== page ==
Mike Burke, Blue Water Divers, smiled when he told me that our first dive would be the Constellation. He knew that I knew it was the backdrop for movie star Jacquelin Bisset’s wet t-shirt scene in The Deep. Taken from the late Peter Benchley’s novel written more than 25 years ago, the film starred the sexy Bisset, Nick Nolte and the late Robert Shaw in a tale of lost treasure, drugs and intrigue. The 200-foot, four-masted schooner went down near Western Blue Cut, Bermuda, in 1943 while sailing from New York to South America. Thousands of bottles and glass shards cover the wreck, sparkling like jewels as the sun penetrates the clear 15 to 30 foot depths. These medicine, whiskey and mineral water bottles were part of a cargo that also included opium ampules, slate and cement bound for the city of La Guira, Venezuela.
The Montana–later identified as the Nola–is only 50 feet away from the Constellation, a 236-foot paddle wheel blockade runner that ran aground in 1863 enroute from London to Wilmington, North Carolina. Badly in need of coal to continue her journey, the ship missed the channel leading to the dock. Most of the cargo was salvaged and the crew was rescued. Today, divers pore over the ship’s engine, paddlewheels and boilers that rest in 30 feet of water beneath a blanket of red algae, fire coral and gorgonians.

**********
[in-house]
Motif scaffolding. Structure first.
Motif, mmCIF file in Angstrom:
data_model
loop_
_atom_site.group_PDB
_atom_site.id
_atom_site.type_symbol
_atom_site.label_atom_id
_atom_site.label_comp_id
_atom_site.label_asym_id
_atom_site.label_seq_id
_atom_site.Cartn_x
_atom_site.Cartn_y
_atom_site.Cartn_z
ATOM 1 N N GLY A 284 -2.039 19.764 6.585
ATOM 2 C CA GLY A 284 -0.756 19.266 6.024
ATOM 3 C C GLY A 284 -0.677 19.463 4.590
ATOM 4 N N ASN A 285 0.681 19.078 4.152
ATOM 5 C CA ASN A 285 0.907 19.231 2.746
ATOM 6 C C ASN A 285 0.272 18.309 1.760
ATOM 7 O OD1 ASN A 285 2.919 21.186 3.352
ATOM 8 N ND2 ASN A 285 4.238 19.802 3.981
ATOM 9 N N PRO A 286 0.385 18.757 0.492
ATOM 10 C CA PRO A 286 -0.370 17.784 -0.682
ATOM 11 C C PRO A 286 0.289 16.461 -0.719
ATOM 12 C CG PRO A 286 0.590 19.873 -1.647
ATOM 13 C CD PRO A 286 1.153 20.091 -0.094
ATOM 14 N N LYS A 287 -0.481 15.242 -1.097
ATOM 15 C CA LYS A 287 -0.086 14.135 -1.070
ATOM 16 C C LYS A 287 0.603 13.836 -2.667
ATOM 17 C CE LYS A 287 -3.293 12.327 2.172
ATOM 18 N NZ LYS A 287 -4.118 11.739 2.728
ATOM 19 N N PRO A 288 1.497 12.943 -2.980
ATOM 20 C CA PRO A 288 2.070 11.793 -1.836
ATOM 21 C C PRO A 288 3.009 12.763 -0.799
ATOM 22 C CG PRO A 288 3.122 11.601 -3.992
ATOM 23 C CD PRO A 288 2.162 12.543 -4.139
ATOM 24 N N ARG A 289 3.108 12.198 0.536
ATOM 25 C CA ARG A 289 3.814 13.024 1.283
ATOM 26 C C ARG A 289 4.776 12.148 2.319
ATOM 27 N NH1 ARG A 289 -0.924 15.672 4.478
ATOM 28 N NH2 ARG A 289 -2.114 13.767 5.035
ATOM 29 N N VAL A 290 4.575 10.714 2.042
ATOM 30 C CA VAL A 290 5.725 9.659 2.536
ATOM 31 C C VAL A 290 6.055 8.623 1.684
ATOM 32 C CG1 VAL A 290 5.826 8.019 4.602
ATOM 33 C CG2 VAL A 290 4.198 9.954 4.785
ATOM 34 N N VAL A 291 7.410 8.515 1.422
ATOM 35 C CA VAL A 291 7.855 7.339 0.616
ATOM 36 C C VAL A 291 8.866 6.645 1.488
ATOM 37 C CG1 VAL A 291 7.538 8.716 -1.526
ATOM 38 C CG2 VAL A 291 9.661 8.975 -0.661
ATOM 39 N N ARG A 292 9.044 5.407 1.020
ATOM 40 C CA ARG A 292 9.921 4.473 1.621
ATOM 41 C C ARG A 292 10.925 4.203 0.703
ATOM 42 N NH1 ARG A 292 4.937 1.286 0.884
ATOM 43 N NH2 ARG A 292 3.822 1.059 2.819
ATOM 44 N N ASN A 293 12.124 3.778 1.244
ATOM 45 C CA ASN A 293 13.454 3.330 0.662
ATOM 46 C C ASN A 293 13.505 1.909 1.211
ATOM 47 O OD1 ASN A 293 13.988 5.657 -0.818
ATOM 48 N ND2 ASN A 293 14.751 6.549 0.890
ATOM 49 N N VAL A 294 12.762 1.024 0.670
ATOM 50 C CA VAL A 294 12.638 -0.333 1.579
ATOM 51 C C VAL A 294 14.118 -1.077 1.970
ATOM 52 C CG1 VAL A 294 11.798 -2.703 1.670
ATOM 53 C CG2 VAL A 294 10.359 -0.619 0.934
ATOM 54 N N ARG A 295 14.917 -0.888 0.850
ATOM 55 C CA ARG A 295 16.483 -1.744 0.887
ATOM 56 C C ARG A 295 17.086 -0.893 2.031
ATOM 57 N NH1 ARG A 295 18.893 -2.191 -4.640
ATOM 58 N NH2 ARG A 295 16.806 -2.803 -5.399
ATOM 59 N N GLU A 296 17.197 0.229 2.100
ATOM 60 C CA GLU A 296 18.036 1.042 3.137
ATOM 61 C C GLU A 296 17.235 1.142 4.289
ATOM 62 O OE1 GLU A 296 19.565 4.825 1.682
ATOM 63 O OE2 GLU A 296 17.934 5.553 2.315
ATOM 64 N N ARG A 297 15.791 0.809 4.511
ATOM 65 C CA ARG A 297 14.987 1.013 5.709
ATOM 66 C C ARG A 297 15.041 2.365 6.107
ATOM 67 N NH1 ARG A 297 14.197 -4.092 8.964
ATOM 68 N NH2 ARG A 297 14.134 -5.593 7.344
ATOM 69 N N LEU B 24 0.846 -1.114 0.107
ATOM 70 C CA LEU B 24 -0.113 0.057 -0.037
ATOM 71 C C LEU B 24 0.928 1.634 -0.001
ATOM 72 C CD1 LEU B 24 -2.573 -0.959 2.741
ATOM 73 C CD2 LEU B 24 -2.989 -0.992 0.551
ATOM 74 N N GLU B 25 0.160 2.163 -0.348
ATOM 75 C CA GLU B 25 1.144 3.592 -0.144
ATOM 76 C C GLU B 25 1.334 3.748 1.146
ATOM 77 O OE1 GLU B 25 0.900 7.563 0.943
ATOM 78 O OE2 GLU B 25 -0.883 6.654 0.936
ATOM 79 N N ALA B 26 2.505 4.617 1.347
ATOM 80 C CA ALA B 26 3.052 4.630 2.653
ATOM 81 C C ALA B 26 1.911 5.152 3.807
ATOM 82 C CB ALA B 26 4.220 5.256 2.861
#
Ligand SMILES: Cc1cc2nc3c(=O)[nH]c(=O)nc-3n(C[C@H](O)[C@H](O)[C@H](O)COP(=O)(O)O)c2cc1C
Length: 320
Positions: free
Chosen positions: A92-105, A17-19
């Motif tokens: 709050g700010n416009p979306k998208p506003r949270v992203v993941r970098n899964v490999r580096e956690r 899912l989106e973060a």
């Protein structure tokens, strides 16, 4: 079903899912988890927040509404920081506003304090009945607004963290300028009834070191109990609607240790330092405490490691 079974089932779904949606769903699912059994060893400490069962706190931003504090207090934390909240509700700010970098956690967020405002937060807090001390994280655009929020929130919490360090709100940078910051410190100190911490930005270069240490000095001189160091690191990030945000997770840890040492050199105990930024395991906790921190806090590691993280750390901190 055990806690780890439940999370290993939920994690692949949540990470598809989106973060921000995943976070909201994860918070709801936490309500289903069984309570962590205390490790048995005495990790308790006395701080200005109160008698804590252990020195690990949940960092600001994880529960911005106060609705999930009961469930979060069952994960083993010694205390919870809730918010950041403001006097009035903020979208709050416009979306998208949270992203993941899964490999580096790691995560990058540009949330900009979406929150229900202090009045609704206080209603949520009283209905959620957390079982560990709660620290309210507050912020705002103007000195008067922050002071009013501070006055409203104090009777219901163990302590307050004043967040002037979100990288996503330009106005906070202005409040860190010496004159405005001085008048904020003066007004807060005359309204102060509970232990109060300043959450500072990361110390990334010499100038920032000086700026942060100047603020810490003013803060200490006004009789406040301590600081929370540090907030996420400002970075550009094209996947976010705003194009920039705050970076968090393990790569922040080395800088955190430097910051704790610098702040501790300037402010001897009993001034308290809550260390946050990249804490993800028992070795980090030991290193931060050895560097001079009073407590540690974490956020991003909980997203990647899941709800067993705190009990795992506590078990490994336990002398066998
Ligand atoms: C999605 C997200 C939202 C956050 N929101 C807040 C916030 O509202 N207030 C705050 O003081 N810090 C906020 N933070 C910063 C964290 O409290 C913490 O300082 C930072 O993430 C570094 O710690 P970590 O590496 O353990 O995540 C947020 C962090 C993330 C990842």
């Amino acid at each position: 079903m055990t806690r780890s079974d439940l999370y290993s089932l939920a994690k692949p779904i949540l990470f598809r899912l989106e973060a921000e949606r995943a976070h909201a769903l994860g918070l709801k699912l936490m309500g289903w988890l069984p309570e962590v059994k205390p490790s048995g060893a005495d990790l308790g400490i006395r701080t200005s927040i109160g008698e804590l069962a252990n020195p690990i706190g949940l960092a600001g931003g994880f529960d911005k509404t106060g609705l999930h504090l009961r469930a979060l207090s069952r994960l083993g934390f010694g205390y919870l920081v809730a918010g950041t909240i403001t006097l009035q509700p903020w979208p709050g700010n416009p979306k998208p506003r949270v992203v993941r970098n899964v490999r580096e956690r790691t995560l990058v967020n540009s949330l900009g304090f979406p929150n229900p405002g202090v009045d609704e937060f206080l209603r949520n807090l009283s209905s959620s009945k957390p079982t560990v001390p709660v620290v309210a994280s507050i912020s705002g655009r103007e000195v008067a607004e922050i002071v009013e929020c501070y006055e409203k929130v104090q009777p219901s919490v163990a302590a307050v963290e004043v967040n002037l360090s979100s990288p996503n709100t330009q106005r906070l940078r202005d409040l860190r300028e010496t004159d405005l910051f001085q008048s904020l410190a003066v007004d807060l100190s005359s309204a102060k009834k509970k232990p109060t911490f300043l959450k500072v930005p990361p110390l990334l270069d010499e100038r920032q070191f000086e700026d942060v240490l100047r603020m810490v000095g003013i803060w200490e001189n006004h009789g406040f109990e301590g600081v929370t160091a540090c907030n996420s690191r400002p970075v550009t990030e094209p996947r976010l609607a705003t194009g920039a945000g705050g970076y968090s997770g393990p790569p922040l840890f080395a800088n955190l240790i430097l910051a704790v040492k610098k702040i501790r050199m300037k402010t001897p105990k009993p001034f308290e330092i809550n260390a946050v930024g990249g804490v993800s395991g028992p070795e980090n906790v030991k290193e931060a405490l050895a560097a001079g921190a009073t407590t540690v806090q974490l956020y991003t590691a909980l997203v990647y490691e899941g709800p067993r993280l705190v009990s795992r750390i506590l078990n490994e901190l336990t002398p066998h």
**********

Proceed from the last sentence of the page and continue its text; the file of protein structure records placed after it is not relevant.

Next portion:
You don’t have to speak French in the French West Indies where shipwrecks abound in the Bay of St. Pierre, 25 miles north of the island’s capital, Fort de France, Martinique. But a little bit helps. Just say, “deux epave” (two shipwrecks) and the divemaster will know. He’ll also smile when you say, “Ou est mon petit punch?” (Where is my small glass of punch?) More than a dozen ships, all anchored in the bay, sank in 1902 when nearby Mt. Pelee erupted, killing 29,000 people.
The first of my two dives in the bay was on the Dalhia, a minesweeper that caught fire at the wharf and was cut from its mooring to prevent further damage. It drifted into the bay where it sank in 90 feet of water. The second wreck, Le Diamant, rests nearby, 75 feet deep. A “push boat,” better known as a tug, is scattered all over the bottom except for a beautiful inlaid-tile table sitting upright in what remains of the wheelhouse.
Two-fers are fun. You usually don’t get a lot of bottom time on them, but you’ll get an idea of what they’re like in case you want to return. Have you found a two-fer? If so, let me know where it is and what it’s like.